This coming Nurse’s Week, I’m speaking as part of an exciting new event called the Art of Nursing. It’s a four-day series bringing together 12 extraordinary nurse pioneers to share their thoughts on how we can bring back the art of nursing – that healing presence and patient-focused practice first envisioned by Florence Nightingale.
I know how passionate you are about the nursing profession, so I wanted to personally invite you to join us and explain how you can register.
How it Works
The Art of Nursing begins on Nurses’ Day, Tuesday, May 6th ( the day I will OPEN the fun!) and runs through Friday, May 9th. Each day, 3-pre-recorded, video interviews with presenters like me, will be “unlocked” for you to watch, download and keep.These interviews will be filled with fresh insights on topics such as self-care and stress management for nurses, how to reignite the love for your career, and how to remain mindful and present amid the new technologies being introduced into our work.
The Art of Nursing is organized by Elizabeth Scala, herself a nurse educator, speaker, and author. She’s gathered together 12 fantastic and forward-thinking women to share their knowledge and expertise with you.
In addition to yours truly, interviewees include an awesome array of nurse entrepreneurs, international speakers, authors, etc. You can see the full list of faculty here (http://elizabethscala.com/aon), but trust me when I say that you’re guaranteed to learn something invaluable from this group and never again will you get access to them all in one place!
What You Get
12 Video interviews and their audio-only companions (all downloadable)
The Art of Nursing workbook – filled with additional tools and resources from our speakers
Access to both the Art of Nursing Facebook and Linkedin groups both of them made up ofnurses from around the globeYour Investment and How to Register
You can register for the Art of Nursing via the links below:
Student rate: $95.00.
Individual rate: $150.00
Organizational rate*: $3,500.00*Organizations include hospitals/wellness centers and nursing schools, associations, and organizations. The fee of $3,500 covers registration costs for all of your staff; however, your individual staff members will still need to “register” so they get the daily emails during the event.)If you have any questions or difficulty registering, you can email email@example.com. I’d love to have your presence during my presentation and hope you can join us.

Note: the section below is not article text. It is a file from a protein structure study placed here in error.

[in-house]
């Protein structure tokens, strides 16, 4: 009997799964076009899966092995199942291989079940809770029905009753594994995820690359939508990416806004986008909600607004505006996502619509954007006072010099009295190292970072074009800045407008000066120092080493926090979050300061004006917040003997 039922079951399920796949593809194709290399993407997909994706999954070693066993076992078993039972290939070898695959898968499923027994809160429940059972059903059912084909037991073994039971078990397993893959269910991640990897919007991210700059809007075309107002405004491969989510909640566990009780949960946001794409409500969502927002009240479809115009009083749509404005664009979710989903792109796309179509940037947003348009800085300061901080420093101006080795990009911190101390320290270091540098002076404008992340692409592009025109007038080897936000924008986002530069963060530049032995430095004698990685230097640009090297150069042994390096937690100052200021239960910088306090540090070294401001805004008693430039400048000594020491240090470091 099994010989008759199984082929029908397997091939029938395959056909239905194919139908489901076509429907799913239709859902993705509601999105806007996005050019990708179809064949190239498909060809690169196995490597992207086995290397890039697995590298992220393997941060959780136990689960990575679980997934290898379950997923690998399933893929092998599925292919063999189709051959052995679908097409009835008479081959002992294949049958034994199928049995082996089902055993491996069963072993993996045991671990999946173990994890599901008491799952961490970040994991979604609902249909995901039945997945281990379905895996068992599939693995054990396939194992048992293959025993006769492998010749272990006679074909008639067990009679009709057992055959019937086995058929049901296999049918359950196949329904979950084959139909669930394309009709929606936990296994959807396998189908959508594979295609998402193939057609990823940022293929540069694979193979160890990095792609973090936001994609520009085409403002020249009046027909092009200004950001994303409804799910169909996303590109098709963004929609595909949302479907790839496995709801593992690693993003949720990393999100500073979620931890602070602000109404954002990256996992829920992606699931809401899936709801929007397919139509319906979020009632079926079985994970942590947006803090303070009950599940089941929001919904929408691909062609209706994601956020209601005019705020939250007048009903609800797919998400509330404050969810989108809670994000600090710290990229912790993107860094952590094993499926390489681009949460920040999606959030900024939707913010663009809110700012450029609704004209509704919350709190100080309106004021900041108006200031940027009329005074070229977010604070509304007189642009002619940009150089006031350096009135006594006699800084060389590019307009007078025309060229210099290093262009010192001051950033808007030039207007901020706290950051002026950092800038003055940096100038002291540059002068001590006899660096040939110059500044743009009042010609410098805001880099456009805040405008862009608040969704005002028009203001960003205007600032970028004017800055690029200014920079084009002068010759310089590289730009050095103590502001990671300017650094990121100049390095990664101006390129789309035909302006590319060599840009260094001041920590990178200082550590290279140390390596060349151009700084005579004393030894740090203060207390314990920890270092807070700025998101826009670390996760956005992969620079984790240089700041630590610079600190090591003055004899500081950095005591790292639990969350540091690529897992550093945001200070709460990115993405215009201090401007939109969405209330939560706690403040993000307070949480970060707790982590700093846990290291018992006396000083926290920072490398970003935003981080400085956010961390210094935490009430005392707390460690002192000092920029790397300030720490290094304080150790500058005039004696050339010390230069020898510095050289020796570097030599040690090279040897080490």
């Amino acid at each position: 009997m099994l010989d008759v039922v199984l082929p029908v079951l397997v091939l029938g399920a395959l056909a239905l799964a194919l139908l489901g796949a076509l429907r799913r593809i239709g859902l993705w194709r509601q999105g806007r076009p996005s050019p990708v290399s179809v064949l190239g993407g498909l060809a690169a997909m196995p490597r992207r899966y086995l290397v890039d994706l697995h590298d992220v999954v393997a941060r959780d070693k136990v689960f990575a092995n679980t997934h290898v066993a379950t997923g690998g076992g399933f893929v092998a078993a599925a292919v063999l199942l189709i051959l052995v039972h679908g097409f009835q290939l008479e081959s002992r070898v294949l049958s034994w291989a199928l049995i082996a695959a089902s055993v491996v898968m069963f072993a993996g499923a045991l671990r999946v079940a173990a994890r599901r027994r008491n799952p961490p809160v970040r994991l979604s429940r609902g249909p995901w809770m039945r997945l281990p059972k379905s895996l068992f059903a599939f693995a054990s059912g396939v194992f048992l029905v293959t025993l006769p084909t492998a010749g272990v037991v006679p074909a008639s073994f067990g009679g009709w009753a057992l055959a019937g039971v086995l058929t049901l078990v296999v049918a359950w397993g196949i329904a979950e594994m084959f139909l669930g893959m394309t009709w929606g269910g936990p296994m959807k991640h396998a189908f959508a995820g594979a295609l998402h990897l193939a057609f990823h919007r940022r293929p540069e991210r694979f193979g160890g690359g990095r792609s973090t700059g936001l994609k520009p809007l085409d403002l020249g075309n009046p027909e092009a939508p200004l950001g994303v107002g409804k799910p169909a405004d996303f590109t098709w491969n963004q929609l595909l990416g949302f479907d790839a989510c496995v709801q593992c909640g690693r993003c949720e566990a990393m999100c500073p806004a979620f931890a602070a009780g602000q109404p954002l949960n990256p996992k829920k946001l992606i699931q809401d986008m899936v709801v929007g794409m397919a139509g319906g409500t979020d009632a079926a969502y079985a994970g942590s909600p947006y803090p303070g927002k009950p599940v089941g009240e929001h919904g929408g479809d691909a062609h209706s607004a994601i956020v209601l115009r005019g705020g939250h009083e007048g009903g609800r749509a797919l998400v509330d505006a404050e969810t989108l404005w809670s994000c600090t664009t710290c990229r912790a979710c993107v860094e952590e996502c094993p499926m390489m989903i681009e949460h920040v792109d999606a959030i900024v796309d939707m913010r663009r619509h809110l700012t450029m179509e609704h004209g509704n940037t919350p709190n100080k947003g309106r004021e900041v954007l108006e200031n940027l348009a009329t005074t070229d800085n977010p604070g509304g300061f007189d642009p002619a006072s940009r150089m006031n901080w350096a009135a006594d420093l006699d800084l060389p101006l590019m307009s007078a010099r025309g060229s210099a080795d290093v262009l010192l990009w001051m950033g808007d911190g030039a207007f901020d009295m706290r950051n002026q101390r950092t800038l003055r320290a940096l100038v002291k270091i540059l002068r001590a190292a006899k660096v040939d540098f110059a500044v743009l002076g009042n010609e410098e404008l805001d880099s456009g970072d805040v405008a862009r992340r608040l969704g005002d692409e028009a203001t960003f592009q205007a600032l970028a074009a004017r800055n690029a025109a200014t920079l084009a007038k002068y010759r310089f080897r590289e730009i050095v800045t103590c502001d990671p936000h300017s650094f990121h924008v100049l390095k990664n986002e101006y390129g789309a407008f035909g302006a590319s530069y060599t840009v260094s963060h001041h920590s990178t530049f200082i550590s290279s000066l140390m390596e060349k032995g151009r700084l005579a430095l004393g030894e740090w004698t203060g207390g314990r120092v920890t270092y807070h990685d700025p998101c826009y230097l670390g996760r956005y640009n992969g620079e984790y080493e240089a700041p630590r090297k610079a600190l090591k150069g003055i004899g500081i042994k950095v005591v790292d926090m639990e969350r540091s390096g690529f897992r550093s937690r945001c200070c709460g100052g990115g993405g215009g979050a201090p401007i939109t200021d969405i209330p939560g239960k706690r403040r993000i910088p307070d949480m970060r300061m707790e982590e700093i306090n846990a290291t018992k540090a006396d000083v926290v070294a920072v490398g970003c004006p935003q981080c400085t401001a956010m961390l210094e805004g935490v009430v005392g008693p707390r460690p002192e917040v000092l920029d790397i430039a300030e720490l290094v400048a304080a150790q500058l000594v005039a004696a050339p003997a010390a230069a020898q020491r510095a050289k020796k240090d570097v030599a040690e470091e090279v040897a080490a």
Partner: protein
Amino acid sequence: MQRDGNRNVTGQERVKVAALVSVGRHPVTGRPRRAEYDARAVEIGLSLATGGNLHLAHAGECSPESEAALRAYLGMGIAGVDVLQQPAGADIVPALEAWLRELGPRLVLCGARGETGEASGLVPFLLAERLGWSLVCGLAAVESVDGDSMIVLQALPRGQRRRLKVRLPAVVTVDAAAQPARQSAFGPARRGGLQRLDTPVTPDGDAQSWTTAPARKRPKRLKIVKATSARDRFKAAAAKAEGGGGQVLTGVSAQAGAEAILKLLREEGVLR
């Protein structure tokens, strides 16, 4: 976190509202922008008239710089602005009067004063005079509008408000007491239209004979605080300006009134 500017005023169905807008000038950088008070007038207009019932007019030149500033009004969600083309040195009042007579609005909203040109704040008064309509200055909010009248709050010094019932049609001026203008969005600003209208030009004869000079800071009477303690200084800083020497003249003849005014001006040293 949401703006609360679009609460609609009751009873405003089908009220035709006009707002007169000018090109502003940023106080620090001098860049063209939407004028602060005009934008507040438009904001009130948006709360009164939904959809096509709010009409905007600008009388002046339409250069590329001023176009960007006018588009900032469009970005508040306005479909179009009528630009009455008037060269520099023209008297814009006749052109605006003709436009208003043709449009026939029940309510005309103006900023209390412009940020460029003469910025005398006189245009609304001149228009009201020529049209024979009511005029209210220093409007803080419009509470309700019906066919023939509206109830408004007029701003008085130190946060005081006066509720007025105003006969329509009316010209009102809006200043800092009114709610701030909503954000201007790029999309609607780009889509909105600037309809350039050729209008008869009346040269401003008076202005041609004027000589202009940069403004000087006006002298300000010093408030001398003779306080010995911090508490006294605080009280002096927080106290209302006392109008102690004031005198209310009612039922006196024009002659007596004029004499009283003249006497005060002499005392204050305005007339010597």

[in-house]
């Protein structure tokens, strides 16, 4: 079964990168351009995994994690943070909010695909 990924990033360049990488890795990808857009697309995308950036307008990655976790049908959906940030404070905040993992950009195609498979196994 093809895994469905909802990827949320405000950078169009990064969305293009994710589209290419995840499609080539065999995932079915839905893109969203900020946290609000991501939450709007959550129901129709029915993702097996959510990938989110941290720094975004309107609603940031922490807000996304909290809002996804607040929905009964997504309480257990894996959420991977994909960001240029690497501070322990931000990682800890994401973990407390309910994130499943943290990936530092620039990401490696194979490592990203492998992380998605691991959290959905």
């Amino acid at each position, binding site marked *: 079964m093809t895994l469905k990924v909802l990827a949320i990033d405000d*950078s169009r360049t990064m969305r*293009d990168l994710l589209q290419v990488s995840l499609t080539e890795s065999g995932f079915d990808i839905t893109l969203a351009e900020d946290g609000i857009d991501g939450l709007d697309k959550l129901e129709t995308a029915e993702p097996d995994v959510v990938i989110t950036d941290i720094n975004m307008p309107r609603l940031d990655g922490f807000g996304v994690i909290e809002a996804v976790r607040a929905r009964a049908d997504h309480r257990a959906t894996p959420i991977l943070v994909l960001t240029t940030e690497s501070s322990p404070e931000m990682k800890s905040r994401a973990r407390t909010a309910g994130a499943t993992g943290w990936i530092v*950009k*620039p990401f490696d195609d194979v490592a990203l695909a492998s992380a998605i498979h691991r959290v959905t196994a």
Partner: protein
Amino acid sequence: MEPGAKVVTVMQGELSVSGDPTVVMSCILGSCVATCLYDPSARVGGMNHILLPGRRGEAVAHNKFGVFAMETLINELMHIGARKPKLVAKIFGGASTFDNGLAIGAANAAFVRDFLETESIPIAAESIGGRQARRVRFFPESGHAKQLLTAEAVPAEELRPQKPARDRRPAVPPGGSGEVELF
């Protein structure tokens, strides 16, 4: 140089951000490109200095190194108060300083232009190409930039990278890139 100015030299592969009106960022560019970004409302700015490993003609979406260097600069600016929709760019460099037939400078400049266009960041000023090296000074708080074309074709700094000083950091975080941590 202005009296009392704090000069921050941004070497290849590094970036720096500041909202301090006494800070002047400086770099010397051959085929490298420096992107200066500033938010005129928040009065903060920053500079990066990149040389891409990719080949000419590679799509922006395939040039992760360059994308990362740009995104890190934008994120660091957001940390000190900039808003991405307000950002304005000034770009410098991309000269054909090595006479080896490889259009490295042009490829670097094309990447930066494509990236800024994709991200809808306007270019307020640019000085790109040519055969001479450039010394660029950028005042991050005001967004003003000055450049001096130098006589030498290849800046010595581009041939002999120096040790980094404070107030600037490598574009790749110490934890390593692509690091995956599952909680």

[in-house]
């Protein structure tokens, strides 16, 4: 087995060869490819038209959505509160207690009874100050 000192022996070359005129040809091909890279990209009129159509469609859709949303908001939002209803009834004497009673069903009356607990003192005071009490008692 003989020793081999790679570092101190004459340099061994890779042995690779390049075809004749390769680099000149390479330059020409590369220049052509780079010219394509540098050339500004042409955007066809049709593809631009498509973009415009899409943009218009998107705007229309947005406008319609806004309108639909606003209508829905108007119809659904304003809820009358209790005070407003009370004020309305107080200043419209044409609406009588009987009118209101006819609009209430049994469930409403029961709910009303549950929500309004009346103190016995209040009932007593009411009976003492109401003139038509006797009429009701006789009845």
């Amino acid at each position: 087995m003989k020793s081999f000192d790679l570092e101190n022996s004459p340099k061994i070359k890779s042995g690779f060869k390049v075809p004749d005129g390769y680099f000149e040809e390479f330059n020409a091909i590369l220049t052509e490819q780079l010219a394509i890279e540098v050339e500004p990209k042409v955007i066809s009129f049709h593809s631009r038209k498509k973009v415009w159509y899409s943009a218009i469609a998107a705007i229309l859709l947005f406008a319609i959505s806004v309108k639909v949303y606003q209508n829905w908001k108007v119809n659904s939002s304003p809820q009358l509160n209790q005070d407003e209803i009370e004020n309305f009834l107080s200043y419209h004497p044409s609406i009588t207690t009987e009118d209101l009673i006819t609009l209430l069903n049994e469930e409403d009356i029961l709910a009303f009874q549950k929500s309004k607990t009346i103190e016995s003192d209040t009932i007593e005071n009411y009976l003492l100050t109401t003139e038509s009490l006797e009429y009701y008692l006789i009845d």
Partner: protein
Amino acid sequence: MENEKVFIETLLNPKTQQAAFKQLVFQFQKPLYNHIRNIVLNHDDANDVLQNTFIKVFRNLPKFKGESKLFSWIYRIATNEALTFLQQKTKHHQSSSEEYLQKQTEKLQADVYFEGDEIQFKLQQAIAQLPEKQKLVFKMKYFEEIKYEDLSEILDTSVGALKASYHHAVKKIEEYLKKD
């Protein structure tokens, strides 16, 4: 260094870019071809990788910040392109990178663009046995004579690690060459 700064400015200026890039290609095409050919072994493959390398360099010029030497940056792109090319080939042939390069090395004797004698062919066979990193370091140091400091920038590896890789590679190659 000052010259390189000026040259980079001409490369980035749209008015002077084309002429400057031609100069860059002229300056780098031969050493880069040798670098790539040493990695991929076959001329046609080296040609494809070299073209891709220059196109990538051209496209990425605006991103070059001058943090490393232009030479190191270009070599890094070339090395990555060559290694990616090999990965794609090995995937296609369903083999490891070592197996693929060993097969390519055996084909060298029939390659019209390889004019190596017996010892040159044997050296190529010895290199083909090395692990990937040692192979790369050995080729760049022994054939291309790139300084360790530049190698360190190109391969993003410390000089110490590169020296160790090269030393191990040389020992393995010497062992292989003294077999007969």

I hope to hear from you all after DAY ONE, when I “channel” Florence Nightingale for this 21st century audience.
Thanks, in advance, for your enthusiastic participation!
At the fourth international healthcare conference, entitled, “Collaborating Across Borders,” here in veritably verdant Vancouver,B.C., the plenary speaker was the widow, Regina Holliday. Ms. Holliday’s presentation centered around the miscommunication, misunderstanding, and mishandling of her husband’s illness within the US healthcare system. Her story and accompanying artwork made me think of the times I returned from work as a nurse clinician, and wished I could paint the fears, frustrations, and ugliness I saw exchanged between team members.
I was aware that a certain patient family was treated without due respect, which caused the patient to not be well served- in the most caring way, shall we say- and I did the best I could to ease their pain. I felt guilty as hell that a family should feel so thankful to me for just doing my work with kindness. This didn’t happen a lot, but too often… Then, when a card or small gift was left for me from a thankful family, EVEN in the case of their loved-one’s death, the muttered questions overheard of, “What did she do that was so special?” made me wince. And to be warned that I should not solicit gifts? SOLICIT? It felt like a knife through my heart.
Perhaps because I stole the time to sit with an arm draped around a scared and grief-stricken mother? They could not know that once I was a scared and grief- stricken parent. Once it was me who curled my face into a green hospital wall and wept, “How can the world keep spinning when my baby may die ? How can they laugh and talk outside her room as though there is no misery here?”